The competence of Estonian parliament and its activity in organizing foreign relations from independence to the restoration of the constitutional order
In foreign relations, the competency of Estonian parliament as a legislative body can be thought of as consisting of two elements. First, legal competence of parliament, which is set forth in the Constitution and legislation and international legal acts governing foreign relations (conventions, treaties, operating principles of international organizations), and political competence, which develops through the distribution of functions between government agencies.
Political competence is part of a state’s foreign relations and, depending on the state’s legal framework and political structure, varies from one country to another, but is based on practices and customs developed in international relations. The relationship between legal and political competence is not always clearly delineated, and thus disputes may arise from time to time over the competence of different institutions in countries with different legal systems and historical backgrounds.
This article gives an overview of legal acts organizing Estonia’s foreign relations from the creation of the Republic of Estonia in 1918 up to the legal acts now in force; it describes and analyzes the competence of parliament with regard to foreign relations proceeding from various levels.
Several fairly different state models can be distinguished over the course of Estonian statehood.
- From independence to the 1934 coup – parliamentary democracy;
- 1934–1940 presidential autocracy;
- 1940–1991 occupations and annexation by foreign countries (USSR and Germany);
- From 1992 – return to parliamentary democracy.
In addition, two interesting transitional periods can be seen when there was no clear distribution of powers due to the fact that the institutions of the independent state were in a developmental stage (1918–1920 and 1990–1992).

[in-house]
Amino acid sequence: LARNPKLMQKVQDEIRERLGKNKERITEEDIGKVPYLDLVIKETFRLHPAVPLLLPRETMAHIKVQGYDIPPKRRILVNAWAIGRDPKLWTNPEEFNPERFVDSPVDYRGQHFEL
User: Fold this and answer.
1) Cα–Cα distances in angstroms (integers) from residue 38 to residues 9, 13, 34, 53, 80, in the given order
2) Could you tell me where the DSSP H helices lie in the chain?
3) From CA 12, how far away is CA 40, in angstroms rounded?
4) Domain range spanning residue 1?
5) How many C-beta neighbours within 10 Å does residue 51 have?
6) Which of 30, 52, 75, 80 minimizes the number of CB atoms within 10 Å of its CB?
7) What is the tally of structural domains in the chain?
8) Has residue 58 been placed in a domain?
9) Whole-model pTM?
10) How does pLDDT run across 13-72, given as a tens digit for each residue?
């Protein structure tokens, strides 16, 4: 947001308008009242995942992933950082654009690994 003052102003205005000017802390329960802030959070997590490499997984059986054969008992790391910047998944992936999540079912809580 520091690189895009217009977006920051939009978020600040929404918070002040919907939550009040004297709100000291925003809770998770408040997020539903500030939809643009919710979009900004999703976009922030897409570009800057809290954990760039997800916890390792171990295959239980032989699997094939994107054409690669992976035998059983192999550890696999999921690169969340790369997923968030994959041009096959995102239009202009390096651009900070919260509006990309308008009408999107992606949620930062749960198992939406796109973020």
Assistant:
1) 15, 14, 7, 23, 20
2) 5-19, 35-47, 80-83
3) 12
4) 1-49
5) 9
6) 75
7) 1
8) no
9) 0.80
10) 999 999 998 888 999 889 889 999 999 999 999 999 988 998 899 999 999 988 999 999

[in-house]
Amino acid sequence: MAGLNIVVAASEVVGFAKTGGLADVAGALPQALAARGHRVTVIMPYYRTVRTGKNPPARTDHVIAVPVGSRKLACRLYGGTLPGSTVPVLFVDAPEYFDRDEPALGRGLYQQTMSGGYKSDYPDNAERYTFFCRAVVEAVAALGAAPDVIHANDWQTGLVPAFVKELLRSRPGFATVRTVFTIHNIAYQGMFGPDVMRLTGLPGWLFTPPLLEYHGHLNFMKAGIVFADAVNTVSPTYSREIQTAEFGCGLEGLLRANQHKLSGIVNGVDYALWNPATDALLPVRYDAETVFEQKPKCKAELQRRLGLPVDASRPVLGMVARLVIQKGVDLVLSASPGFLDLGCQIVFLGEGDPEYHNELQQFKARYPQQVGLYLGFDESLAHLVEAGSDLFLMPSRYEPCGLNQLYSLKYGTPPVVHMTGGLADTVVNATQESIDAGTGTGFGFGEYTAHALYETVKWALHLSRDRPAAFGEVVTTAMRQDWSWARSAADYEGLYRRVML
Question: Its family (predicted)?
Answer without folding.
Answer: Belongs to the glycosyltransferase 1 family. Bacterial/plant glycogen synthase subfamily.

The first parliamentary democracy was characterized by the fact that parliament’s power was not in balance and the government was in complete dependence on the will of the parliament. The function of creating the foreign policy framework was delegated in its entirety to parliament. The ratification of foreign treaties was a function of parliament. On a day-to-day basis in practice, the government dealt with foreign policy and the parliament did not have an independent apparatus for doing so; yet as the government had been rendered, in effect, a chancellery for the parliament, the latter’s determining role is to be emphasized.
After the 1934 coup, parliament was stripped of its powers to organize foreign relations. But this power was not transferred to the government but to the head of state (1934–1938 riigivanem ‘state elder’, 1938–1940 the president). The functions of the government did not actually change significantly, the president merely took over the role of the parliament in foreign relations, including that of ratification of treaties.
During the foreign occupation, Estonia had no independent foreign policy relations, even though the local pseudo-Constitution gave the Soviet republic such a right.
The 1992 Constitution restored the functions of parliament mainly along the lines of the 1920 model, but government’s independence in exercising executive power is greater. Ratification of treaties is again a parliamentary function, but the consistency of foreign policy carried out by the government enjoys better protection due to the more stable political system. This has however led to a noteworthy decrease in the political competence of parliament, and from time to time, criticism is voiced that the parliament has given away its power.